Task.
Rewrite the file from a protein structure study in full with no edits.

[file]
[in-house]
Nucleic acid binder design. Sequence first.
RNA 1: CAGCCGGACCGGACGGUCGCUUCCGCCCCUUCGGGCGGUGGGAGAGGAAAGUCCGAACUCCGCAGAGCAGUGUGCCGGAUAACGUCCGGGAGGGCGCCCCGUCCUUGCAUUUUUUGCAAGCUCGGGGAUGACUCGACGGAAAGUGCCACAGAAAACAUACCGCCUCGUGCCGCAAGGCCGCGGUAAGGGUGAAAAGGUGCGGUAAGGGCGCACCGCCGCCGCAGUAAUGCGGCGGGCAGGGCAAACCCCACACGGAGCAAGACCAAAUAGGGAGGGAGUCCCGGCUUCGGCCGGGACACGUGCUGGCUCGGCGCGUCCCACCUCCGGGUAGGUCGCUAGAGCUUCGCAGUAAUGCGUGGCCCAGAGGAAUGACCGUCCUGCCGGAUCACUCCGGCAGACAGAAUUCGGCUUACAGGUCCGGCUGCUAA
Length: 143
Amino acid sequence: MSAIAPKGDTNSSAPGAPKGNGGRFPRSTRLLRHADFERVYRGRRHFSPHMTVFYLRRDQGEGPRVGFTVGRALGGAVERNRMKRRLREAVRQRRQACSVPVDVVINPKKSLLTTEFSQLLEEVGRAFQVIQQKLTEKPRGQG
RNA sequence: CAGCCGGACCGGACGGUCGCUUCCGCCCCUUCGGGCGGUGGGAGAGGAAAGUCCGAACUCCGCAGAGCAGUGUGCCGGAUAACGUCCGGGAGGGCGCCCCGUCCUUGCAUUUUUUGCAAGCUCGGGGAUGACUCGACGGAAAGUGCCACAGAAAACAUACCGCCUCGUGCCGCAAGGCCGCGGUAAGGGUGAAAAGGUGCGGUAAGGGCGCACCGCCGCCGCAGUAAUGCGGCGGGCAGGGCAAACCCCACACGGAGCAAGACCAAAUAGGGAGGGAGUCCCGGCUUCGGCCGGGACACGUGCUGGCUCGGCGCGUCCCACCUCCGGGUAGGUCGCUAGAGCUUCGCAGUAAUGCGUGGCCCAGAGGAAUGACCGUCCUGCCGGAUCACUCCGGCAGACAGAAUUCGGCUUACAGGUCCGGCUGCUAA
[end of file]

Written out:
[in-house]
Nucleic acid binder design. Sequence first.
RNA 1: CAGCCGGACCGGACGGUCGCUUCCGCCCCUUCGGGCGGUGGGAGAGGAAAGUCCGAACUCCGCAGAGCAGUGUGCCGGAUAACGUCCGGGAGGGCGCCCCGUCCUUGCAUUUUUUGCAAGCUCGGGGAUGACUCGACGGAAAGUGCCACAGAAAACAUACCGCCUCGUGCCGCAAGGCCGCGGUAAGGGUGAAAAGGUGCGGUAAGGGCGCACCGCCGCCGCAGUAAUGCGGCGGGCAGGGCAAACCCCACACGGAGCAAGACCAAAUAGGGAGGGAGUCCCGGCUUCGGCCGGGACACGUGCUGGCUCGGCGCGUCCCACCUCCGGGUAGGUCGCUAGAGCUUCGCAGUAAUGCGUGGCCCAGAGGAAUGACCGUCCUGCCGGAUCACUCCGGCAGACAGAAUUCGGCUUACAGGUCCGGCUGCUAA
Length: 143
Amino acid sequence: MSAIAPKGDTNSSAPGAPKGNGGRFPRSTRLLRHADFERVYRGRRHFSPHMTVFYLRRDQGEGPRVGFTVGRALGGAVERNRMKRRLREAVRQRRQACSVPVDVVINPKKSLLTTEFSQLLEEVGRAFQVIQQKLTEKPRGQG
RNA sequence: CAGCCGGACCGGACGGUCGCUUCCGCCCCUUCGGGCGGUGGGAGAGGAAAGUCCGAACUCCGCAGAGCAGUGUGCCGGAUAACGUCCGGGAGGGCGCCCCGUCCUUGCAUUUUUUGCAAGCUCGGGGAUGACUCGACGGAAAGUGCCACAGAAAACAUACCGCCUCGUGCCGCAAGGCCGCGGUAAGGGUGAAAAGGUGCGGUAAGGGCGCACCGCCGCCGCAGUAAUGCGGCGGGCAGGGCAAACCCCACACGGAGCAAGACCAAAUAGGGAGGGAGUCCCGGCUUCGGCCGGGACACGUGCUGGCUCGGCGCGUCCCACCUCCGGGUAGGUCGCUAGAGCUUCGCAGUAAUGCGUGGCCCAGAGGAAUGACCGUCCUGCCGGAUCACUCCGGCAGACAGAAUUCGGCUUACAGGUCCGGCUGCUAA